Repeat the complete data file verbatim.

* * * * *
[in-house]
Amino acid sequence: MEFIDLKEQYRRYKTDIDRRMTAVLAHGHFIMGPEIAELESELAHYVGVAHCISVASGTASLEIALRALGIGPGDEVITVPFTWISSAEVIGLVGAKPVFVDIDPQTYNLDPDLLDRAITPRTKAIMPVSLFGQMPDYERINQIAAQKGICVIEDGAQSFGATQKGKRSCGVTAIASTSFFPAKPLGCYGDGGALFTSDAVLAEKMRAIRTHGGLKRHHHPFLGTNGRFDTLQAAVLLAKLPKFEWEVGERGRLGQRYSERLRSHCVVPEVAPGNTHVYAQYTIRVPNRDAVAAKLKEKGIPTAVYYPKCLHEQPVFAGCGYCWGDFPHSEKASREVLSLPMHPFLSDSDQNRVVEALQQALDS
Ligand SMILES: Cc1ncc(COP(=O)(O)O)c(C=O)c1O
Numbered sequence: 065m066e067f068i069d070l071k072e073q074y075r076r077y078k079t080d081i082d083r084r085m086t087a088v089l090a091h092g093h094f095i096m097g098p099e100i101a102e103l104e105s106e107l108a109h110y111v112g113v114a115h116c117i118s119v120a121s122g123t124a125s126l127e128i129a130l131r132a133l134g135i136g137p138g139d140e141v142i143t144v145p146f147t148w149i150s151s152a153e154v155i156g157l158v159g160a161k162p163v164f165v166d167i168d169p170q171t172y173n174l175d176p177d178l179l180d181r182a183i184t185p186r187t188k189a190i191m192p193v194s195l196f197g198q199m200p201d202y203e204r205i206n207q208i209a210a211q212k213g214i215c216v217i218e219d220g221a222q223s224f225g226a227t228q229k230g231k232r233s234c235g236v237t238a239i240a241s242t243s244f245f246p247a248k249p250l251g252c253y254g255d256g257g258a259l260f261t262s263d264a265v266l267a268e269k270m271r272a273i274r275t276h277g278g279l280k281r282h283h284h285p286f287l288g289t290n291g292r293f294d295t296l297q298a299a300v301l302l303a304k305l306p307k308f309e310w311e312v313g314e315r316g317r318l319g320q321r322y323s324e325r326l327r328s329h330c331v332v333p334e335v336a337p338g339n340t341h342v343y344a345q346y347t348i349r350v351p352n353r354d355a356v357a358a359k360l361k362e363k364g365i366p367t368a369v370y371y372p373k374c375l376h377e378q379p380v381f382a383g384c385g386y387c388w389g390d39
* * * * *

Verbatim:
[in-house]
Amino acid sequence: MEFIDLKEQYRRYKTDIDRRMTAVLAHGHFIMGPEIAELESELAHYVGVAHCISVASGTASLEIALRALGIGPGDEVITVPFTWISSAEVIGLVGAKPVFVDIDPQTYNLDPDLLDRAITPRTKAIMPVSLFGQMPDYERINQIAAQKGICVIEDGAQSFGATQKGKRSCGVTAIASTSFFPAKPLGCYGDGGALFTSDAVLAEKMRAIRTHGGLKRHHHPFLGTNGRFDTLQAAVLLAKLPKFEWEVGERGRLGQRYSERLRSHCVVPEVAPGNTHVYAQYTIRVPNRDAVAAKLKEKGIPTAVYYPKCLHEQPVFAGCGYCWGDFPHSEKASREVLSLPMHPFLSDSDQNRVVEALQQALDS
Ligand SMILES: Cc1ncc(COP(=O)(O)O)c(C=O)c1O
Numbered sequence: 065m066e067f068i069d070l071k072e073q074y075r076r077y078k079t080d081i082d083r084r085m086t087a088v089l090a091h092g093h094f095i096m097g098p099e100i101a102e103l104e105s106e107l108a109h110y111v112g113v114a115h116c117i118s119v120a121s122g123t124a125s126l127e128i129a130l131r132a133l134g135i136g137p138g139d140e141v142i143t144v145p146f147t148w149i150s151s152a153e154v155i156g157l158v159g160a161k162p163v164f165v166d167i168d169p170q171t172y173n174l175d176p177d178l179l180d181r182a183i184t185p186r187t188k189a190i191m192p193v194s195l196f197g198q199m200p201d202y203e204r205i206n207q208i209a210a211q212k213g214i215c216v217i218e219d220g221a222q223s224f225g226a227t228q229k230g231k232r233s234c235g236v237t238a239i240a241s242t243s244f245f246p247a248k249p250l251g252c253y254g255d256g257g258a259l260f261t262s263d264a265v266l267a268e269k270m271r272a273i274r275t276h277g278g279l280k281r282h283h284h285p286f287l288g289t290n291g292r293f294d295t296l297q298a299a300v301l302l303a304k305l306p307k308f309e310w311e312v313g314e315r316g317r318l319g320q321r322y323s324e325r326l327r328s329h330c331v332v333p334e335v336a337p338g339n340t341h342v343y344a345q346y347t348i349r350v351p352n353r354d355a356v357a358a359k360l361k362e363k364g365i366p367t368a369v370y371y372p373k374c375l376h377e378q379p380v381f382a383g384c385g386y387c388w389g390d39